Thursday, October 24, 2013

Washington House GOP Transpo Survey

The Washington State House Republicans tweeted out a survey regarding transportation funding... figured I'd share my responses here:

(Q1) Would you be willing to pay 10 cents or more per gallon of gas to pay for transportation projects around the state?

(A1) Yes.  (also- mmm A1)

(Q2) If you had to pay 10 cents or more per gallon of gas, how would this impact you financially?

(A2) It would have little to no impact on me financially.

(Q3) If our state moves forward with a transportation revenue package, please rank what you think the funding priorities should be:

(A3) 1-Transit Agencies ;; 2-Ped/Bike Paths ;; 3-Large Projects ;; 4-Maintenance ;; 5-Ferries ;; 6-Hwy Widening

(Q5) The governor is pushing for a special session, before the regular legislative session scheduled for January 2014, to pass a transportation revenue package. Do you think a special session is necessary for this issue?

(A5) Yes

(Q6) The high-profile failures of the Washington State Department of Transportation (WSDOT) have cost taxpayers millions of extra dollars. We want safeguards put in place to prevent these problems. We are pushing for reforms to ensure accountability in our state transportation system. Some of our solutions include: 
using transportation dollars to fund transportation projects, not other government programs; 
reducing cost of permitting while protecting the environment; 
reducing or eliminating non-essential components of projects; and 
making sure taxpayers don't get stuck paying for cost overruns and errors. 

Please share your feedback on these solutions, or any other ideas you have for transportation reforms:

RE: Projects, not Programs - There is some validity, but caution must be given toward supporting only those projects which are prettiest and most politically-linked; leaving behind those which may be necessary but of little interest; or those which bring more benefits than a legislature's pork preference. What is wrong with the programs, and why not reform those rather than scrap them entirely?

RE: Permitting - Everyone wants to cut red tape; it's easy to say it.  But in practice: many of those delays, costs, restrictions, limitations, requirements... they were all put in place for a reason.  It's fair to question some, cut some of them.  But at what cost?  Do not take such a blanket approach; be deliberate in what is struck and what is kept.

RE: Eliminating Non-Essential - Another bit of lip-service: why do we have anything if we do not consider it important?  As with permitting: most elements are in place for a reason.  Beware overriding technical expertise or past regulations & priorities too hastily, without forethought and deliberation.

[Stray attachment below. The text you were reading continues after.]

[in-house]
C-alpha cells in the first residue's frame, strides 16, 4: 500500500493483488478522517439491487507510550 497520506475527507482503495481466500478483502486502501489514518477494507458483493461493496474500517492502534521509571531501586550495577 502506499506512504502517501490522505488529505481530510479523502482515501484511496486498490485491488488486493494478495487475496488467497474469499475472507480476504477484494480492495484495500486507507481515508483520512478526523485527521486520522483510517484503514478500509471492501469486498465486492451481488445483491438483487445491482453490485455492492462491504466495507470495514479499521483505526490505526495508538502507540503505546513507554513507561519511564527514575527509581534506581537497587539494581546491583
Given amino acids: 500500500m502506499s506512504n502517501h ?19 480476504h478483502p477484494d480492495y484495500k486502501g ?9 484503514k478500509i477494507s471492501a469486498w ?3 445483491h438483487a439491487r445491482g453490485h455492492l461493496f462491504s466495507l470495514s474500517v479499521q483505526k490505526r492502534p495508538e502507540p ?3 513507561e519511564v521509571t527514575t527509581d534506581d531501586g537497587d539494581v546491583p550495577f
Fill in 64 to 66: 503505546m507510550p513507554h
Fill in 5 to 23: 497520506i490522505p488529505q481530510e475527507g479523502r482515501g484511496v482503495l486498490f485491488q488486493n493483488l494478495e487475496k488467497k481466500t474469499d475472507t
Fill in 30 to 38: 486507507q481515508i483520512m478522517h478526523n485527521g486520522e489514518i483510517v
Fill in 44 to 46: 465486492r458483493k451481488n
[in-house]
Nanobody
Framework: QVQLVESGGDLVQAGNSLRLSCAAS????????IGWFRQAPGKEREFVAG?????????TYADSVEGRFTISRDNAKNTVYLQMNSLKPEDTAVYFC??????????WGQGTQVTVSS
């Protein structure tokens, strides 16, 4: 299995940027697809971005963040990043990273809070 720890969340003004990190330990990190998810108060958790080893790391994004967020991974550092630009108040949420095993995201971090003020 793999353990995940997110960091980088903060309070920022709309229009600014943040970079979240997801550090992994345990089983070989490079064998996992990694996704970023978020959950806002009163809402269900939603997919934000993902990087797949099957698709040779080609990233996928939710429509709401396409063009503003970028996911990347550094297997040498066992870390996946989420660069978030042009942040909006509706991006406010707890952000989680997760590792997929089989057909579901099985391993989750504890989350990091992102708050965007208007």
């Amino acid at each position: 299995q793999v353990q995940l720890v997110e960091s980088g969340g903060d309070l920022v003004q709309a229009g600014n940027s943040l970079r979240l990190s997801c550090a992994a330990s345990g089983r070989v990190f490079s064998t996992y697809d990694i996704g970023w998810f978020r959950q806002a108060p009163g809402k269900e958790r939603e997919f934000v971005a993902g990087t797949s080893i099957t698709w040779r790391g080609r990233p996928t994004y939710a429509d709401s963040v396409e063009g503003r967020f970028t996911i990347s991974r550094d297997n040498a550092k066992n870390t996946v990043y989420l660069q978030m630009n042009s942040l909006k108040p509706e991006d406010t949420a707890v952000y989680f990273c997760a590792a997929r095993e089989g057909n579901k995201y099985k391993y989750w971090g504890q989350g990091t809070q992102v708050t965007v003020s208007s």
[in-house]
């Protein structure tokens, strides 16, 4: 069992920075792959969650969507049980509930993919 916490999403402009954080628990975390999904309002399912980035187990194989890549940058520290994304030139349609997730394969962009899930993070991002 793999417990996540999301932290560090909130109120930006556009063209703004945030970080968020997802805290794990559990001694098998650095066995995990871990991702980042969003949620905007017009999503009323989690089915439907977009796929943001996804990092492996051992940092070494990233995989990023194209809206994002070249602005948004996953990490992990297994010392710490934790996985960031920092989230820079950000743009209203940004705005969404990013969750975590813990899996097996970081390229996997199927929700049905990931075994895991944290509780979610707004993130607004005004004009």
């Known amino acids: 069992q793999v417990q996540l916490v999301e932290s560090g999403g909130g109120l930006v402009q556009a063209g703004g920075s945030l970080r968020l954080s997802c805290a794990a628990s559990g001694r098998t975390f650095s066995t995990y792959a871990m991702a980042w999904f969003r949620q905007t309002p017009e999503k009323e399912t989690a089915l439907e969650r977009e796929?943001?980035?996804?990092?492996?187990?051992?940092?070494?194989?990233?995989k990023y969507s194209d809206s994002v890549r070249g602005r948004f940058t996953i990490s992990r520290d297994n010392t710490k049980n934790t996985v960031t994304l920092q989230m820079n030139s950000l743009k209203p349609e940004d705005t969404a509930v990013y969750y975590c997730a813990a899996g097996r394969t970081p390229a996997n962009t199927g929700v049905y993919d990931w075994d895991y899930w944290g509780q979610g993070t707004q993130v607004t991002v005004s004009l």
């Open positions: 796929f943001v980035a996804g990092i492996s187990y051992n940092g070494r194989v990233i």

RE: Overruns / Errors - I couldn't agree more!  Errors are easier: there are legal processes that can be taken.  Overruns, however, can be politically-driven: it pains me when I work with a cost estimate that everyone widely agrees is wildly inaccurate, but the project would never move forward if the real numbers were used.  Or there are large variables, such as a private company (often utilities) being part of the critical path, but inducing delays due to inaction... and in some cases utilities are legally immune from those because of how deregulation set them up.  Or prices can skyrocket, as has been the case with asphalt, in particular.  Don't just look at shifting the costs & blame, as that WILL come back with higher-cost bids & competition that is reduced to only a few of the largest companies... instead: look at the causes.

(Q7) Please share your comments, concerns or questions regarding transportation and/or a proposed transportation revenue package:

(A7) It depends what quality infrastructure you want, which directly impacts our personal lives and businesses. It is *because* I am conservative that I support mass transit, bicycle, and pedestrian transport: a socialized cost, yes, but it enables greater freedom of movement for all users, reduces demand on the road network which freight can utilize, and are the more efficient lower-cost modes.  [a bit more detail]

Regardless of mode: assuming you want to fund infrastructure to maintain a healthy economy: we need funding in some form, be it the antiquated fuel taxes or some other manner: mileage taxes, tolling, etc... but at the least, if we want to use our existing framework: we need to index to inflation of construction costs so that the purchasing power of the revenue does not erode over time.